Filmmaker James Gunn’s modus operandi has been mostly the same but especially pronounced over the last few years. He’s always been attracted to misfits, outsiders, and the forgotten, and that’s always yielded lots of great, irreverent humor, championing the losers of various universes and watching them succeed by supporting one another. But pushing it even further lately with “The Suicide Squad” and this new “The Guardians Of The Galaxy Holiday Special,” he’s genuinely considered, with great empathy, the emotional costs of being left behind in a more meaningful and even touching way.
Now, sure, don’t get it twisted ‘The Guardians Of The Galaxy’ films can feel slight, goofy, silly, etc., and ‘The Holiday Special’ has this quality too. But Gunn really has a patented—and disarming, even—knack for threading the needle of the absurd and the profane with something that eventually transforms into something surprisingly moving. It’s the James Gunn, m.o., it works, it still doesn’t feel tired, and it really teases that something very emotional is in store for the final ‘Guardians Of The Galaxy’ volume.
Leaving people behind—often against their own will— is undoubtedly part of the ‘Guardians’ DNA at its core. Of course, Peter Quill (Chris Pratt) was kidnapped from his parents on Earth and was then inculcated into a new family by force, the Ravagers, led by Yondu Udonta (Michael Rooker), and the special uses that as a launching pad to reexplore old wounds. Moping around because he misses Gamora (Zoe Saldana, not seen in the special), Quill is a bit crestfallen because she’s absent during Christmas.
Of course, the concept of Christmas is foreign and strange to the Guardians, so in the opening flashback scene— told in animated form— Kraglin Obfonteri (Sean Gunn) tells the team a story about the time he tried to cheer up a young Quill with Christmas cheer as a boy. Still, the angry and sentiment-opposed Yondu wasn’t having it.
Inspired by the story and a way to cheer Quill up, Drax the Destroyer (Dave Bautista) and Mantis (Pom Klementieff) hatch a plan: travel to Earth and find the one thing they believe will bring Quill joy, the actor Kevin Bacon. Now, for this to make sense, you have to know the history of the ‘Guardians’ films and all their Marvel appearances, but Bacon, Quill’s hero when he was a boy, has been a theme threaded throughout the history of these films (the idea always was, clinging to the past, no one was cooler than Kevin Bacon).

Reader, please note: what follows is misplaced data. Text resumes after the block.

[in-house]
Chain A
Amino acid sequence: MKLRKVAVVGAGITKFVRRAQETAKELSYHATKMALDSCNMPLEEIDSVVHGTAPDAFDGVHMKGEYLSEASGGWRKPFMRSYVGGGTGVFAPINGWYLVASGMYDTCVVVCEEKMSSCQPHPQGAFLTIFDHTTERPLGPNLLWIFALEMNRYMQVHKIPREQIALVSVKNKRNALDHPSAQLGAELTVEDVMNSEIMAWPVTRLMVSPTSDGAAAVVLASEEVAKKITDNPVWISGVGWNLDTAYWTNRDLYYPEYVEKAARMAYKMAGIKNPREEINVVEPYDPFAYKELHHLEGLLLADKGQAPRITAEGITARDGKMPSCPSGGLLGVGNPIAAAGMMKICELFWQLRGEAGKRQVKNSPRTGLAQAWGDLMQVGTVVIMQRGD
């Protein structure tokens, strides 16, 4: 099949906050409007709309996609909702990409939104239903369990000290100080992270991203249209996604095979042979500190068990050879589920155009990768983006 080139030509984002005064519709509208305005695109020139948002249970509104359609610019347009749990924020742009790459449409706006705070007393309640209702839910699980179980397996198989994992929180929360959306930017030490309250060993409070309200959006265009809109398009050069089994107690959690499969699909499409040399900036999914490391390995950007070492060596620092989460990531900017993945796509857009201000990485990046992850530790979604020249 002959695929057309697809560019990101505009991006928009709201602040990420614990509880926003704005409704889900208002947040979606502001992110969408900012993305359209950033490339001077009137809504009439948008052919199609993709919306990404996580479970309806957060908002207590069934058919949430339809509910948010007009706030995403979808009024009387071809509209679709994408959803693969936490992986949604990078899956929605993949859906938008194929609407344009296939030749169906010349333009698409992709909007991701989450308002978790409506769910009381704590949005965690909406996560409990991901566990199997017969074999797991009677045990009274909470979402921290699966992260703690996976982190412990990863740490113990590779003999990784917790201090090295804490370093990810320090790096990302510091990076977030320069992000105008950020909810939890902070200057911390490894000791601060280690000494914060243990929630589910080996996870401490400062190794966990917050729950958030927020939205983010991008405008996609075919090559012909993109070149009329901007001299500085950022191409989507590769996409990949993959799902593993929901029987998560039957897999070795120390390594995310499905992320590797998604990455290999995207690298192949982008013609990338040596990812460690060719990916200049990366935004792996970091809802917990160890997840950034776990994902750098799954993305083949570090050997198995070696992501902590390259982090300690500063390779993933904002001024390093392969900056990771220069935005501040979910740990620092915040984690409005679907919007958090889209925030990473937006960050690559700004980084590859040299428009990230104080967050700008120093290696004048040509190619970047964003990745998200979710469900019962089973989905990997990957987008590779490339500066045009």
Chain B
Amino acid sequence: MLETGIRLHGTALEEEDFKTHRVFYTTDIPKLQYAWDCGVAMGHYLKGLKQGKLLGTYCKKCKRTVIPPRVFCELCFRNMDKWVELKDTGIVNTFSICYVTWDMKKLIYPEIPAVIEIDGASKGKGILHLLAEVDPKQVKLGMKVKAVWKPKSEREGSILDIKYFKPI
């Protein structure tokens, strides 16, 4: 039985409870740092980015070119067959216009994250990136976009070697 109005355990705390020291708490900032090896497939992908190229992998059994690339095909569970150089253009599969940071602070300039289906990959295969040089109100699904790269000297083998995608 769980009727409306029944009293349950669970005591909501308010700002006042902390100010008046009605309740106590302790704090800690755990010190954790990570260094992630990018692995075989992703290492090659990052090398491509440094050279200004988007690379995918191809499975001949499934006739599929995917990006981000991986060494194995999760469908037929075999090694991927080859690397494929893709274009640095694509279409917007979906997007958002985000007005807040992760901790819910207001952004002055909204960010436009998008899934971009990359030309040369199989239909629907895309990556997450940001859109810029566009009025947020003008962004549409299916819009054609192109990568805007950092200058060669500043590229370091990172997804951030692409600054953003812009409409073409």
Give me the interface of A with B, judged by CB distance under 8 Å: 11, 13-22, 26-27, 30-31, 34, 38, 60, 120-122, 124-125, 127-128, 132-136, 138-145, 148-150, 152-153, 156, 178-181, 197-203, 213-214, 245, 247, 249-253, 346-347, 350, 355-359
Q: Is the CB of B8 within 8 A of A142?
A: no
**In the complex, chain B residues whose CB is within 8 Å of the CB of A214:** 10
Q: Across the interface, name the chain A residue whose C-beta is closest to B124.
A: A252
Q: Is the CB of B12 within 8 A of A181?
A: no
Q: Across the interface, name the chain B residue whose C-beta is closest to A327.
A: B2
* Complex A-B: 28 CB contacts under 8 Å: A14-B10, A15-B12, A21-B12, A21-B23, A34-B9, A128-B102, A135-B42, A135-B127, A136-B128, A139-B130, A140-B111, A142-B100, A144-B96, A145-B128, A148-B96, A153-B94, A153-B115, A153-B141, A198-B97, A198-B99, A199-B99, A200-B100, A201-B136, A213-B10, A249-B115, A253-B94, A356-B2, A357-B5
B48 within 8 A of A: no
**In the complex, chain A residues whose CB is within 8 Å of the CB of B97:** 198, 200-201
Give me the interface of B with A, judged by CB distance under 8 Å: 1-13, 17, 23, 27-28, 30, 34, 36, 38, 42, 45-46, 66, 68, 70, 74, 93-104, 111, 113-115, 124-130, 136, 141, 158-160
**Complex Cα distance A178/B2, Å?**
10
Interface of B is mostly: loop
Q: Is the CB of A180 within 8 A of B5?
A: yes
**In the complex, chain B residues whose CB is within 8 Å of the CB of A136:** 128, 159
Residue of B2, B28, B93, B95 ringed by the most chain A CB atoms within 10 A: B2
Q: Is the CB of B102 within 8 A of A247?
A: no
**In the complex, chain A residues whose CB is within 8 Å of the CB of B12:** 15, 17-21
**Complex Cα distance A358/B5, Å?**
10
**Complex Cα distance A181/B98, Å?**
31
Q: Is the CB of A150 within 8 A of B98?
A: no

So, off they go, and in doing so, Gunn seems to achieve two things—one, checking off the box of doing a Drax/Mantis spin-off show, something he talked about in the past—and two, writing into the special, a clever way to avoid big-budget VFX, as Groot (Vin Diesel) and Rocket (Bradley Cooper) and all the ‘Guardians’ space and sci-fi milieu are mostly left on the periphery (Maria Bakalova briefly “appears” voicing the new character Cosmo the Spacedog).
From there, it’s pretty obvious what happens, hijinx and hilarity as Mantis and Drax essentially abduct Kevin Bacon from his Hollywood home (Mantis’ emotional manipulation powers coming in handy), battle with the LAPD and then take the Guardians back to Nowhere, their new home (the planet, formerly home to the Collector that Peter Quill says they bought from him).
Filled to the brim with Christmas music—Old ’97s, The Smashing Pumpkins, Low, Julian Casablancas— and tons of the power pop that Gunn loves so much and has defined many of the “Guardians’ films (Hanoi Rocks, Fountains Of Wayne), ‘The Holiday Special’ is in that sense, very much a piece of the ‘Guardians’ volumes. It’s irreverent and vulgar—Lord, Drax’s foolishness yields such great laughs, and the running joke of all actors being idiots is hilarious— and just when you think that’s all it is, it swings to be its big emotional climax where Kevin Bacon not only helps Peter Quill regain the spirit of Christmas, but learns just how much he meant to Quill as a boy, and how the magic of movies and his profession gave gift such great joys.
At 45 minutes long, ‘The Holiday Special’ isn’t going to change anyone’s life, and it does feel a little disposable initially. But it is ultimately a lovely, very moving little bauble that will melt any cynics’ cold heart. Gunn inherently understands what makes Christmas movies unique and ties that thematically to the ideas of loneliness, loss, and found family togetherness that has been so endemic to the ‘Guardians’ films. If you like your Christmas specials with laughter and delight but, ultimately, an understanding of the innate bittersweetness and melancholy that can live beneath the merriment, this is likely the special for you. And the possibilities of what Gunn seems like he’s going to aim for in his final ‘Guardians’ installment, something potentially very poignant, sad, and special. [B]
“The Guardians Of The Galaxy Holiday Special” debuts on Disney+ on Friday, November 25.